Encourage innovation in the creative workspace.
Tips on how you can foster an innovative environment.
Firstly, it’s not easy for businesses and agencies to balance the demands of clients, budgets, projects, human resources and making the workplace innovative. This is compounded by people not being together in the same space or at the same time.
There are lots of things competing for attention, but there are some things you can do now and in the future to foster a workplace of creativity and innovation.
The sentiment, culture and tone always come from higher up. The support and encouragement has to be forthcoming so that employees know there is an environment of collaboration, challenges and convergent thinking. Apple’s Steve Jobs once said, “It doesn’t make sense to hire smart people and tell them what to do; we hire smart people so they can tell us what to do.” The reward for solving problems not just winning financially, pushing people to find that ‘lightbulb’ moment, giving employees time to think, it’s almost always never a waste of time. Allow some time to focus on forward-thinking rather than always on the doing.
Workplaces with heavy hierarchy are often innovation killers. A flat, open and sideways culture breeds outside the box planning and implementation. Have employees work across departments, with different teams and with juniors and senior staff regularly. Pushing outside of routine is another way to ensure issues, roadblocks and speed humps get sorted. Innovation is everyone’s remit, not just management and leadership.
Make it a habit
Company retreats and conferences should not be the only time innovation is discussed or pursued. It needs to become ingrained and championed. Find people that are honest thought leaders within the organisation. Have them work on projects with others who may not be so progressive. In every organisation, some people are naturally aligned with open thinking and problem solving, identify who they are and match them to encourage others. Make it part of daily tasks, meetings, group sessions that multiple approaches to problem-solving are what is expected from the team.
Constructive daydreaming and space to think should be factored into the work day. Some organisations give employees time to work on their brainstorming and have found that it promotes innovation across the whole business. Develop a company wide strategy and use it, let all your people see that implementation is as essential and planning and thinking. Ensure it’s part of professional development for everyone.
Experiment & allow mistakes
You know what they say - if you're not making mistakes you're not learning and there is some truth to that. The key is trying, testing, approaching from different angles in different ways and you can’t succeed or be on the money each and every time. Experimentation leads to a more confident approach and it can often make the right path clearer.
Innovation is born from a hot bed of mistakes so don’t discourage this in your team. Embrace it and move on and know that through this will come something great or something worthwhile and different.
Look for opportunities to collaborate
This could mean working with other companies within your market or niche, banding together to come up with a better offer. Working closely with a group of clients or suppliers to fine tune and hone in on what you do best, make it better and squeeze out competition.
Collaborating with other departments often leads to efficiencies and a better understanding of the needs of different segments of the business. Ask for feedback, suggestions and really take a look at the information that is shared with you as it’s extremely valuable.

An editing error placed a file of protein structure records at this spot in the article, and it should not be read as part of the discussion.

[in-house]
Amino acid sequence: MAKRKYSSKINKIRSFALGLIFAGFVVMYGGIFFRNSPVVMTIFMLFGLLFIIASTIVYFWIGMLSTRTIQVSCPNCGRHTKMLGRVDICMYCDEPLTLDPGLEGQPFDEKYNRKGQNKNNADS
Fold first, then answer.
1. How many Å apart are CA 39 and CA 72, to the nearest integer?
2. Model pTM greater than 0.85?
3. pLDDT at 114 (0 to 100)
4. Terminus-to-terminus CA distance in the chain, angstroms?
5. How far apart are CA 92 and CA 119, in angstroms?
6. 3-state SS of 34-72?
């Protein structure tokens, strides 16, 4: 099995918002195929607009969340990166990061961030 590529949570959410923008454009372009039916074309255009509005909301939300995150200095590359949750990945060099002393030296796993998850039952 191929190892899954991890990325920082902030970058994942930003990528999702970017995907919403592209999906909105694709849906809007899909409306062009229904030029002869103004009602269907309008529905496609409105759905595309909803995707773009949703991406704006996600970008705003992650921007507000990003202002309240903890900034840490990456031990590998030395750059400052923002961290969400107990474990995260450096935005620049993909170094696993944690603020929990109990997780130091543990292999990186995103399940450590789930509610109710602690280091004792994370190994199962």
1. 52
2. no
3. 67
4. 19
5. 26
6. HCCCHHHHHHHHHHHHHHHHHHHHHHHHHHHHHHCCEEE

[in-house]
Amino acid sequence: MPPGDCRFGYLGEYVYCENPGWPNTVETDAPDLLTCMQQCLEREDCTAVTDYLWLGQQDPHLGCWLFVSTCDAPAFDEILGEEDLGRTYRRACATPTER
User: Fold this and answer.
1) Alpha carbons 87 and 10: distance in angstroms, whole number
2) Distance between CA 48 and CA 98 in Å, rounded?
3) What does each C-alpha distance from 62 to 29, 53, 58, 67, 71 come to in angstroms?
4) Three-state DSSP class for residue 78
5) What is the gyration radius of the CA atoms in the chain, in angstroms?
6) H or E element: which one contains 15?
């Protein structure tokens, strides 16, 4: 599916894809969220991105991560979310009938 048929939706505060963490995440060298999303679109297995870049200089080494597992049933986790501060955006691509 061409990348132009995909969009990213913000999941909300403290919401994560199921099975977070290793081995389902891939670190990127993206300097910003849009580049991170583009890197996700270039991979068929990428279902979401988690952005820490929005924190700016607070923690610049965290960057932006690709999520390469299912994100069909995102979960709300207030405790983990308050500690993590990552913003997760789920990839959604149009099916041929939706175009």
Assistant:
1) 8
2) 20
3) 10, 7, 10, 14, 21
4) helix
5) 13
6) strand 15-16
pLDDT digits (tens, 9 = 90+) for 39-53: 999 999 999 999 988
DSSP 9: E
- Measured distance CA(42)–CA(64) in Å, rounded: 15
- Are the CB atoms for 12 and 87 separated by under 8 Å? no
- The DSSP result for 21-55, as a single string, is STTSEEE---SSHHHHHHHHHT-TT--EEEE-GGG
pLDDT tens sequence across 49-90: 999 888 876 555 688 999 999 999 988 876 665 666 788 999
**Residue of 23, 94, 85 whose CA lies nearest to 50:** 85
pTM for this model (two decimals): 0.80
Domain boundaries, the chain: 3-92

Be open & communicate
This one you may have heard before but it’s important to actually live it and implement it with the whole group. Clear consistent communication and messaging about the company, success and failures is all part of the process. Letting them know that innovation is part of the whole teams responsibility and it’s something that they are required to participate in. Not just be a bystander to the creatives in the group.
A company like ‘Square’ require meeting notes to be circulated and made public in the organisation so that everyone is aware of the problem solving that is being undertaken in all departments. It’s important that when your team is thinking creatively about an issue that they don’t feel threatened, inferior or like they might be shot down.
Champion successful innovation
Call out great work and great teams. Reward and acknowledge when an innovation has saved the company time and money. Recognise the effort and make sure you sing the praises outlining the problem and the solution is important. Often people are not motivated by fancy gifts or financial pats on the back (although some are) recognition from leadership and kudos from their peers is often equally rewarding.
Work spaces & collaborating software
Lastly but perhaps most importantly, take a close look at your workspaces. With remote work there could be an opportunity to redesign the office space, move to smaller, closer workspaces or do away with the traditional office and consider a co-working hub etc. Don’t underestimate the layout of the work space and design of the office when it comes to collaborative teams and employees.
Creating informal meeting spaces, positioning teams close to other teams can sometimes lead to unstructured and fluid innovative ideas. Look at the physical hierarchy within the office and look to have leaders live amongst their teams. Companies that take this approach are also ranking highly as brands people want to come to work for and are sought after employers.
Software and online tools also can help foster group thinking, new ideas and open communication with your team. Ensure these tools are in place to make sure remote working doesn’t stifle innovation for your business.
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